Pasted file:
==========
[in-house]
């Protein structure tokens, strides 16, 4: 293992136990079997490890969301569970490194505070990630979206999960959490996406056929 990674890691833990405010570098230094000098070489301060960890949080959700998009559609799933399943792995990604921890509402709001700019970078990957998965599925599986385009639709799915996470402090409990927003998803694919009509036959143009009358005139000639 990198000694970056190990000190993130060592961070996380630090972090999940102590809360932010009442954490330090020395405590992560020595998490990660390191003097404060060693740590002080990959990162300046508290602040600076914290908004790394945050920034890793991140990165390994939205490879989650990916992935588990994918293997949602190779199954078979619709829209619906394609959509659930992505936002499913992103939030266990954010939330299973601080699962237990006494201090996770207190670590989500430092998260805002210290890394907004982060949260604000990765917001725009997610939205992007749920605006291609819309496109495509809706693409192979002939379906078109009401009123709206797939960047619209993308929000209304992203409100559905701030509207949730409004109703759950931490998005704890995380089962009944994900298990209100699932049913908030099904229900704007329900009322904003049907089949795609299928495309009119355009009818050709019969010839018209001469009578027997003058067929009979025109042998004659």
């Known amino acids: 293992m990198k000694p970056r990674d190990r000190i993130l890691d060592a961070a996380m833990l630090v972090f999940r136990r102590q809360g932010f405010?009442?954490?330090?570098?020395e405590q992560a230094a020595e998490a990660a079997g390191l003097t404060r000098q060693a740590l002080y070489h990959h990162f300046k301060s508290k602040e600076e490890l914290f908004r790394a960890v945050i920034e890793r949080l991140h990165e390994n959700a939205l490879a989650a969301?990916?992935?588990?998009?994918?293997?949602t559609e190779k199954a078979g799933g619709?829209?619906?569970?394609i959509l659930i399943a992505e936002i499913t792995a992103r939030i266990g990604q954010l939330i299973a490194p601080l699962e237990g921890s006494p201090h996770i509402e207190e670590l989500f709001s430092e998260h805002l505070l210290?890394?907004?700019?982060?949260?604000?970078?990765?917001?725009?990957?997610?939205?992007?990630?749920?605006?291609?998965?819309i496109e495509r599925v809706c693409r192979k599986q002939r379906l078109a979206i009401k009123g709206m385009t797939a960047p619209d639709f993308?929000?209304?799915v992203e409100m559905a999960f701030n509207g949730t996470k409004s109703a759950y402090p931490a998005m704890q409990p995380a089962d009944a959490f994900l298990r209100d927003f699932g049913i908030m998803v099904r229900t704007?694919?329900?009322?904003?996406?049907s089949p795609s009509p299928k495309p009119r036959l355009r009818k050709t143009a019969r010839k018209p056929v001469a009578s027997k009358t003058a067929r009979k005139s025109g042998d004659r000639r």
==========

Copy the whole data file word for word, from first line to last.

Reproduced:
[in-house]
């Protein structure tokens, strides 16, 4: 293992136990079997490890969301569970490194505070990630979206999960959490996406056929 990674890691833990405010570098230094000098070489301060960890949080959700998009559609799933399943792995990604921890509402709001700019970078990957998965599925599986385009639709799915996470402090409990927003998803694919009509036959143009009358005139000639 990198000694970056190990000190993130060592961070996380630090972090999940102590809360932010009442954490330090020395405590992560020595998490990660390191003097404060060693740590002080990959990162300046508290602040600076914290908004790394945050920034890793991140990165390994939205490879989650990916992935588990994918293997949602190779199954078979619709829209619906394609959509659930992505936002499913992103939030266990954010939330299973601080699962237990006494201090996770207190670590989500430092998260805002210290890394907004982060949260604000990765917001725009997610939205992007749920605006291609819309496109495509809706693409192979002939379906078109009401009123709206797939960047619209993308929000209304992203409100559905701030509207949730409004109703759950931490998005704890995380089962009944994900298990209100699932049913908030099904229900704007329900009322904003049907089949795609299928495309009119355009009818050709019969010839018209001469009578027997003058067929009979025109042998004659």
């Known amino acids: 293992m990198k000694p970056r990674d190990r000190i993130l890691d060592a961070a996380m833990l630090v972090f999940r136990r102590q809360g932010f405010?009442?954490?330090?570098?020395e405590q992560a230094a020595e998490a990660a079997g390191l003097t404060r000098q060693a740590l002080y070489h990959h990162f300046k301060s508290k602040e600076e490890l914290f908004r790394a960890v945050i920034e890793r949080l991140h990165e390994n959700a939205l490879a989650a969301?990916?992935?588990?998009?994918?293997?949602t559609e190779k199954a078979g799933g619709?829209?619906?569970?394609i959509l659930i399943a992505e936002i499913t792995a992103r939030i266990g990604q954010l939330i299973a490194p601080l699962e237990g921890s006494p201090h996770i509402e207190e670590l989500f709001s430092e998260h805002l505070l210290?890394?907004?700019?982060?949260?604000?970078?990765?917001?725009?990957?997610?939205?992007?990630?749920?605006?291609?998965?819309i496109e495509r599925v809706c693409r192979k599986q002939r379906l078109a979206i009401k009123g709206m385009t797939a960047p619209d639709f993308?929000?209304?799915v992203e409100m559905a999960f701030n509207g949730t996470k409004s109703a759950y402090p931490a998005m704890q409990p995380a089962d009944a959490f994900l298990r209100d927003f699932g049913i908030m998803v099904r229900t704007?694919?329900?009322?904003?996406?049907s089949p795609s009509p299928k495309p009119r036959l355009r009818k050709t143009a019969r010839k018209p056929v001469a009578s027997k009358t003058a067929r009979k005139s025109g042998d004659r000639r």